Brewer pledges to save smallest pub
THE landlord of Britain's smallest pub says its owner's pledge to keep the watering hole open will not help his financial position – and has warned finding future publicans to run for the much-loved inn will prove difficult.
THE landlord of Britain's smallest pub says its owner's pledge to keep the watering hole open will not help his financial position - and has warned finding future publicans to run for the much-loved inn will prove difficult.
Martin Baylis said he had received assurances from Greene King that The Nutshell, owned by the Bury St Edmunds-based company, will not close - but he fears the brewing giant may soon face difficulties when searching for someone to take the business on.
He says the popular watering hole now only keeps afloat through the sale of t-shirts and other memorabilia to tourists.
The pub, in Bury's Traverse, has been losing money for the past seven years - leaving each of its landlords struggling to keep its doors open. Mr Baylis is currently attempting to boost his income by increasing the space available for customers by setting up tables and chairs outside.
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"The pub loses money every year and it is difficult to find somebody to take it on," said Mr Baylis, who has run The Nutshell for the last three years.
"The merchandise has helped greatly, and I do not think we would be surviving now without it. We are currently working on a website as well, and would sell more merchandise through that.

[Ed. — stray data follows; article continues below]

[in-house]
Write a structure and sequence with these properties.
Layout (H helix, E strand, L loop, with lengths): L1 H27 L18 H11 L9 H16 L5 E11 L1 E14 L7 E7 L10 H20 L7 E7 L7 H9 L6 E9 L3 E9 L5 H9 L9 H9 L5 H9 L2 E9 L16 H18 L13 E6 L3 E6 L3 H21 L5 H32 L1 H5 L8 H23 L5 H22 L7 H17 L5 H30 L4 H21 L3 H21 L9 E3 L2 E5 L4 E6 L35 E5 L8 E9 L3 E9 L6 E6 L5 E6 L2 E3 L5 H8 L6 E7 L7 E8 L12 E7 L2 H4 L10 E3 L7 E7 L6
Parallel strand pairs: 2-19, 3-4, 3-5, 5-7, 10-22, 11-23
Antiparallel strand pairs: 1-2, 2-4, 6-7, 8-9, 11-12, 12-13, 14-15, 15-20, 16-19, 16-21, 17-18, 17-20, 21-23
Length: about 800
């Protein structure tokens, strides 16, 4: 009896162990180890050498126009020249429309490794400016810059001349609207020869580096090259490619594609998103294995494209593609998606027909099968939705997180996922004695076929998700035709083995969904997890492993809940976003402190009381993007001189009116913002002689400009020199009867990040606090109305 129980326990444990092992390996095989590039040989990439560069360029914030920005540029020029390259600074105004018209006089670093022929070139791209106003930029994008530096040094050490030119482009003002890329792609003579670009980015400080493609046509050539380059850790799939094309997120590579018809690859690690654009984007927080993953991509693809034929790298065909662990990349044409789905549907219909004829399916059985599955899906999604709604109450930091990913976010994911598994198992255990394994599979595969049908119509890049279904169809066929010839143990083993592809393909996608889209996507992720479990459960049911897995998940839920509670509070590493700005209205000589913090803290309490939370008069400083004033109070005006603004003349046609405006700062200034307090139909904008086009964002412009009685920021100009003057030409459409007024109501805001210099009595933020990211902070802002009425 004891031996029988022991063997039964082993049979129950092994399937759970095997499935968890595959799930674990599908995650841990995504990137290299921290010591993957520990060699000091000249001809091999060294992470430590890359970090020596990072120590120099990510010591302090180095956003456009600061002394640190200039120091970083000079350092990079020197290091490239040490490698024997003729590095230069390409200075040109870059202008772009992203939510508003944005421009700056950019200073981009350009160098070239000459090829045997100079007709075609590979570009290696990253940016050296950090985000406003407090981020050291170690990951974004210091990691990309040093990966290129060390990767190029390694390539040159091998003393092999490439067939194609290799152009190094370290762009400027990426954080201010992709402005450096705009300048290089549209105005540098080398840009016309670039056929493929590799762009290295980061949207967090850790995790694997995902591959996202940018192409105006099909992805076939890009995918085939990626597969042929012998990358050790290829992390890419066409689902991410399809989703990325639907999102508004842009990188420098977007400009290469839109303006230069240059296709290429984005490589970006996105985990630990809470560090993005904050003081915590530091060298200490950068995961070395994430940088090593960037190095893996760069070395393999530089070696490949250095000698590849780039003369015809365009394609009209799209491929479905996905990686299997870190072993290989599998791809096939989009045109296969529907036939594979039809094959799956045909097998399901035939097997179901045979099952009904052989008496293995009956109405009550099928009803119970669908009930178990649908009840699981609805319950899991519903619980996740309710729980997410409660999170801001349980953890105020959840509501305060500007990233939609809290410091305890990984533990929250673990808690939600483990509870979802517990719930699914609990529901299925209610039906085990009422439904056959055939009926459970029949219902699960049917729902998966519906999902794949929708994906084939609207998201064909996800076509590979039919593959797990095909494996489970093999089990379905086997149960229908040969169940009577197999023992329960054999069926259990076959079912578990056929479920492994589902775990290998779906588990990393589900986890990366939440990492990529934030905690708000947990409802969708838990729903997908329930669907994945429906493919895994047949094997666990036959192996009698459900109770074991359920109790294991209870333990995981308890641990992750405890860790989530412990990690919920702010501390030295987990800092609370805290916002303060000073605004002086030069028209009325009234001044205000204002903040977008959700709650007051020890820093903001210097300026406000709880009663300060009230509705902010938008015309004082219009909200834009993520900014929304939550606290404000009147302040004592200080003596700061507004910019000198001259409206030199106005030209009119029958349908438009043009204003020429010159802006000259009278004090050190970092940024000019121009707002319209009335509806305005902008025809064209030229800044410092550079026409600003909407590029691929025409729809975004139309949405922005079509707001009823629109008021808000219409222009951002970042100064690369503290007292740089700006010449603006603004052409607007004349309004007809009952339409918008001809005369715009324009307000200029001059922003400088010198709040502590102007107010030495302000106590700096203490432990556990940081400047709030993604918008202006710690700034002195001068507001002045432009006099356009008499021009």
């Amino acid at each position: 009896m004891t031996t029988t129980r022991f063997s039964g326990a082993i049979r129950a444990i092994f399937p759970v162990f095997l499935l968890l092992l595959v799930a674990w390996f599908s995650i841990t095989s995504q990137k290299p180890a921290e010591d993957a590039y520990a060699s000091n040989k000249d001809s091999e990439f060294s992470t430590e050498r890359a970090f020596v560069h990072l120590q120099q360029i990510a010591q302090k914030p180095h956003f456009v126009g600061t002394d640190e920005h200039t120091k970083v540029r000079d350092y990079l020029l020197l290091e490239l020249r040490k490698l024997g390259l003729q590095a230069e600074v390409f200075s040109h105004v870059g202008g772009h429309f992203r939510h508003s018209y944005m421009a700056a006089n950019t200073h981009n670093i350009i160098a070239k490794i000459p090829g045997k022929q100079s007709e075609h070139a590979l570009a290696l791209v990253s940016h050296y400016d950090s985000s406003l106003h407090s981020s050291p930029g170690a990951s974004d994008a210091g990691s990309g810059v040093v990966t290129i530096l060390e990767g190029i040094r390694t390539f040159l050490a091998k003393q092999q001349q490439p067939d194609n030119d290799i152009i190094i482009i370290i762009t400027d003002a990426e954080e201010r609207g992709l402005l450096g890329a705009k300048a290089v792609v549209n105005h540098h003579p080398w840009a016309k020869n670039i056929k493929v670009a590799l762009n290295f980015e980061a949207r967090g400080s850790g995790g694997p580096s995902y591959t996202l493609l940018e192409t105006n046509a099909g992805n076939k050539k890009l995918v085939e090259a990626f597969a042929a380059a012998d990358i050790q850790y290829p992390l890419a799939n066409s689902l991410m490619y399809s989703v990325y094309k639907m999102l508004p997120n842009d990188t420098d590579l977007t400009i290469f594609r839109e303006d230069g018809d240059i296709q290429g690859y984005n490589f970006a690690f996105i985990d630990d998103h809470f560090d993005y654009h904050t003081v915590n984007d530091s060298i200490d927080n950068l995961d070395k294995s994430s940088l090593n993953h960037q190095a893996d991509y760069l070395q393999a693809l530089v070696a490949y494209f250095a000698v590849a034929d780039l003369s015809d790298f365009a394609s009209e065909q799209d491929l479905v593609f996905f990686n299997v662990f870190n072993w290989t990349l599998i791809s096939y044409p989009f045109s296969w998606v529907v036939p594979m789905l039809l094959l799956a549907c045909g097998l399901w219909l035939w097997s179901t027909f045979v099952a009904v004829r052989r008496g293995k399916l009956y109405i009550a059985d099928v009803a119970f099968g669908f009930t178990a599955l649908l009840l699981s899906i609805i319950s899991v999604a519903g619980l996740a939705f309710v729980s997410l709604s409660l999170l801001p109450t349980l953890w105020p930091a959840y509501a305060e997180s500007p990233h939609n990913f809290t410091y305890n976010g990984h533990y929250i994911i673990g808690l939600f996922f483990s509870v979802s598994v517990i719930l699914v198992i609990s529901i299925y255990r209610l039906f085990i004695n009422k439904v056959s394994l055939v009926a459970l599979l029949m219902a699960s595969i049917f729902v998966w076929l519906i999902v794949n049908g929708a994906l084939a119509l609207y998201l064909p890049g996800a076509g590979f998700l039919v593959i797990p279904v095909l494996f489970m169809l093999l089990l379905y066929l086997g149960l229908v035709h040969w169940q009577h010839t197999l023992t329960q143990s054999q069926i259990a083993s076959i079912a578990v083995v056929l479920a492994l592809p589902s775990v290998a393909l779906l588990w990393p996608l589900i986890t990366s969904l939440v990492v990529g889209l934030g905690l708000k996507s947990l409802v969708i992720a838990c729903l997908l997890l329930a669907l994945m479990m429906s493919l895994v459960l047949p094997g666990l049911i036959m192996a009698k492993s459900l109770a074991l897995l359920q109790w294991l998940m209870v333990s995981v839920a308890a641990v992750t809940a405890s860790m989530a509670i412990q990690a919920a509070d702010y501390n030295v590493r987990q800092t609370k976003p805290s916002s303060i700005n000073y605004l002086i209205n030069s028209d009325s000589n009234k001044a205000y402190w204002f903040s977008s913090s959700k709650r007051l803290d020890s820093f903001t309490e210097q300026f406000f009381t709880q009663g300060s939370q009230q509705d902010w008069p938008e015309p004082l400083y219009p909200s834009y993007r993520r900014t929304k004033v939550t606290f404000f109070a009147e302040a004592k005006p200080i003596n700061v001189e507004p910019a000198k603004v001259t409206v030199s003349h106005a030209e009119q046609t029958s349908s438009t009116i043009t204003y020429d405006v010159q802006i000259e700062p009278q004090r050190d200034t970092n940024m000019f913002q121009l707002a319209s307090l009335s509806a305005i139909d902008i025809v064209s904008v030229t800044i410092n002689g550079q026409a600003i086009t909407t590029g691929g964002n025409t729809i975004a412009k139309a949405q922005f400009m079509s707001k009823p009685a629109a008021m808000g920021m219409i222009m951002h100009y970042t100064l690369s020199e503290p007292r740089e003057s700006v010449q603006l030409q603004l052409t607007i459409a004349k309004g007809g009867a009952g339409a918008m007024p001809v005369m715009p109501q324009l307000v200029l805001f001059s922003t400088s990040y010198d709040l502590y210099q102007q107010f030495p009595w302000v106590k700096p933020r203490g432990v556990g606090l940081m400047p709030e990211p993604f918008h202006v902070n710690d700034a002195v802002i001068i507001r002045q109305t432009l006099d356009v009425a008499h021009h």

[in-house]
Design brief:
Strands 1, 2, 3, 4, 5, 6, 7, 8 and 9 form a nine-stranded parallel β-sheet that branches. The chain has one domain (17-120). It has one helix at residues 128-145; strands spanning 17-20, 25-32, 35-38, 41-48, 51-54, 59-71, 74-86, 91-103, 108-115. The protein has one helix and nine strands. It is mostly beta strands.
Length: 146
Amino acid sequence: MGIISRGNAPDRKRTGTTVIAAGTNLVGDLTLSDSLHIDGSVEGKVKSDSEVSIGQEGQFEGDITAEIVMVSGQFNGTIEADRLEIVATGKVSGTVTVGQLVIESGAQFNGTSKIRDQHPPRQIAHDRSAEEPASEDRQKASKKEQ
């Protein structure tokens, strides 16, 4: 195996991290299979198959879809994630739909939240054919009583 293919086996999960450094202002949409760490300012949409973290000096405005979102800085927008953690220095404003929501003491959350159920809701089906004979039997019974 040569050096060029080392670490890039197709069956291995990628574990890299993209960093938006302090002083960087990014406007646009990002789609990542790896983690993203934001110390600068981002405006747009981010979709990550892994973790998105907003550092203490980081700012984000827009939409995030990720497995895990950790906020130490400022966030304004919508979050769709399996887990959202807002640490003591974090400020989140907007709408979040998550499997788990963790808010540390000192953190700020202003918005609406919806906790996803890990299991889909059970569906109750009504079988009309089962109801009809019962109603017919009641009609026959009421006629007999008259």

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"Part of the problem is that nobody believes the pub will collapse. Everybody says nobody would ever shut the pub down, but it is not a question of that.
"The owners will find people to take it on for the meantime, but eventually nobody will want to touch it because of the financial situation.
"And Greene King announcing the pub will stay open has made no difference. It does not get us out of the financial position we are in at the moment."
Mr Baylis had hoped to win street vending permission for tables and chairs outside his premises - but St Edmundsbury Borough Council turned down the application and is due to consider another bid next month.
The EADT has since launched a campaign to save the historic watering hole - with around 1,000 readers supporting the pub's bid for extra outside space to encourage custom.
And yesterday, officials from the council visited the site to assess the pavement space outside the regulars' favourite. It emerges there is only room for two tables and eight chairs outside the pub - and Mr Baylis, who had originally hoped for more provision, says it remains to be seen if this would make the all important difference.
Meanwhile, a spokesman for Greene King said: "Greene King Pub Partners, the tenanted and leased division of Greene King Plc, offers its support to The Nutshell in its bid to overturn the decision not to grant external trading.
"As a tenant, the licensee Martin Baylis is self-employed and Pub Partners are encouraging him to challenge the decision of the council.
"With the new licensing laws coming into force later this year, Pub Partners does not want to see the pub unable to take advantage of the longer trading hours by being unable to accommodate customers."